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            may 23, 2019

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CILF 2019

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A fresh wind is blowing through shipping’s decarbonisation challenge


No one has a crystal ball, and predications about future pathways and fuel options in shipping are inherently difficult, but there is general agreement in the industry that we are in a period of major transition with great uncertainty and a significant pressure to decarbonise our operations. The IMO initial strategy in April 2018 called for ‘at least’ 50% reduction in CO2 emissions by 2050 and the gauntlet has been laid down by Maersk with their announcement at the end of last year that their fleet will be carbon neutral by the same date.
What is required to achieve that goal and who is going to deliver on that? One increasingly attractive option that provides some predictability and future proofing for vessels is the adoption of direct wind propulsion:
“We all face the immense challenge of rapidly decarbonising shipping and technology that can deliver 5-20%, possibly 30% fuel savings as retrofit options and 30% upwards for new optimised vessels can’t be ignored – the issue is not why, but when and how we will install wind solutions.” said Gavin Allwright, Secretary of the International Windship Association (IWSA) at the GREEN4SEA award ceremony at the Yacht Club of Greece when receiving the prestigious Initiate Award on Tuesday 12 March.
IWSA will be bringing the message that modern, automated wind-assist and primary wind propulsion solutions are a credible, viable and increasingly economically attractive package of solutions to Canada and the US in the next couple of weeks. Holding a series of open, free to attend seminars at the Port of Vancouver (27 March), an NGO seminar in Washington DC (01 April) and at the San Francisco Boat show on (5 April). Allwright will also be on shipping decarbonisation panels at CMA 2019 and Seatrade Global Cruise in Miami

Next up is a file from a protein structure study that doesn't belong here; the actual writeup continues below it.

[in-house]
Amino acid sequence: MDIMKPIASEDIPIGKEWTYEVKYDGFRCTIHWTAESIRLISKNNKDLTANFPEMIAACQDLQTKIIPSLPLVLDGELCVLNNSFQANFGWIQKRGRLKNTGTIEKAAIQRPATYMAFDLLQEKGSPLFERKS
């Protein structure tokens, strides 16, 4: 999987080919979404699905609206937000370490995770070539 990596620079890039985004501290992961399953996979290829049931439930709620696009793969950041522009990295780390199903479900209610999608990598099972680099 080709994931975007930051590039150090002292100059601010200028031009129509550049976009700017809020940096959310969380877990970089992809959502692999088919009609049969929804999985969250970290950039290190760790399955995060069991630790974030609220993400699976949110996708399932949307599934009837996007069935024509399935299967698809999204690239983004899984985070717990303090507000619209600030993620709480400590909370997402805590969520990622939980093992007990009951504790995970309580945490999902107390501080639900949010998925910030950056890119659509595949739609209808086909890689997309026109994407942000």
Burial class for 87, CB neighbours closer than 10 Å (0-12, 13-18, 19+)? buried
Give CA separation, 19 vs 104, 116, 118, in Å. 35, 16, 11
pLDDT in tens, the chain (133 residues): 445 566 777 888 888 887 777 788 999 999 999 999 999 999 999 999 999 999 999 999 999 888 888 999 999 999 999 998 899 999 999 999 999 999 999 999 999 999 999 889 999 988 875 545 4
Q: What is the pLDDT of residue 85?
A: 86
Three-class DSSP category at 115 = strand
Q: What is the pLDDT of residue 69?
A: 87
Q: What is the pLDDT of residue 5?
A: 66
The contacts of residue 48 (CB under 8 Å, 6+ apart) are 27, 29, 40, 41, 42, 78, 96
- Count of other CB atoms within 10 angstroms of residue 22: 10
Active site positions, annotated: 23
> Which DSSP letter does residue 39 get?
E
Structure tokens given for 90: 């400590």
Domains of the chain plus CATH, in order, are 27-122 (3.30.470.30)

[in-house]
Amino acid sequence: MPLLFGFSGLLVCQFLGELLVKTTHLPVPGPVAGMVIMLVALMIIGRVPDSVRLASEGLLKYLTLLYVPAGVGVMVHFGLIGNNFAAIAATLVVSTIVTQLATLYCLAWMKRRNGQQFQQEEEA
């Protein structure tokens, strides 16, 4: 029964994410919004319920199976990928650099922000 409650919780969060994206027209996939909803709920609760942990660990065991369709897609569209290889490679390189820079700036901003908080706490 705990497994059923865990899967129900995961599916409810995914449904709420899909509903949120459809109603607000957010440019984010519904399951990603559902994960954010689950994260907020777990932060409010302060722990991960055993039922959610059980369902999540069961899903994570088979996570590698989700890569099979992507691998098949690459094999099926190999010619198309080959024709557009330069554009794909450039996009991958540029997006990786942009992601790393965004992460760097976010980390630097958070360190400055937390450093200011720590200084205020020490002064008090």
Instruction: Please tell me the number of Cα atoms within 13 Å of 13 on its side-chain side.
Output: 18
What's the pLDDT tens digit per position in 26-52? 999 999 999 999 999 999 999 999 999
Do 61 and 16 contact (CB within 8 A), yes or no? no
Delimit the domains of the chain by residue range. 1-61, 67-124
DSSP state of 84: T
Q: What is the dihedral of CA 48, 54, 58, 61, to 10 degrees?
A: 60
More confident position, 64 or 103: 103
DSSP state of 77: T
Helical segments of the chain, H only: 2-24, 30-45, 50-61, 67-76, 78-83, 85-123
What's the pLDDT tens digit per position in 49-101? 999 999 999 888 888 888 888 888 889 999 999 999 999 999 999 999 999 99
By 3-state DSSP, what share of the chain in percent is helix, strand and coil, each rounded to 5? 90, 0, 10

“The of use of wind propulsion technology is a growing trend in the industry with installations of Flettner rotors increasing strongly over the last 12 months, with six vessels and 14 rotors installed,” adds Allwright, “however other developments with rigid sail, suction wings, kites and more traditional soft sail are also moving up a gear.  Recent entrants into the sphere of wind propulsion include; Maersk, Airbus, Renault group, Viking Lines, Chantiers de l’Atlantique, Drax, MOL and others, so the question is not why should we adopt direct wind propulsion but when and how?”
This diverse support for wind propulsion is also on show on this Canada and US tour, supported by IWSA members Anemoi Marine Technologies, Dasivedo Design, eConowind, Inerjy, MARIN, Neoline, Norsepower, Oceanfoil, Peace Boat – Ecoship Project, Sail Cargo Inc., Smart Green Shipping Alliance, Wind + Wing Technologies and also backed by key US and Canada based organisations; Green Marine, NAMEPA and the leading shipping conference organisers SHIPPINGInsight  
As the industry moves past the sulphur cap compliance issues at the end of this year, all heads will be turned to decarbonisation and CO2 emissions. The winds of change are clear to see and one certainty in the market is that wind propulsion technologies are here to stay.

International Windship Association (IWSA)

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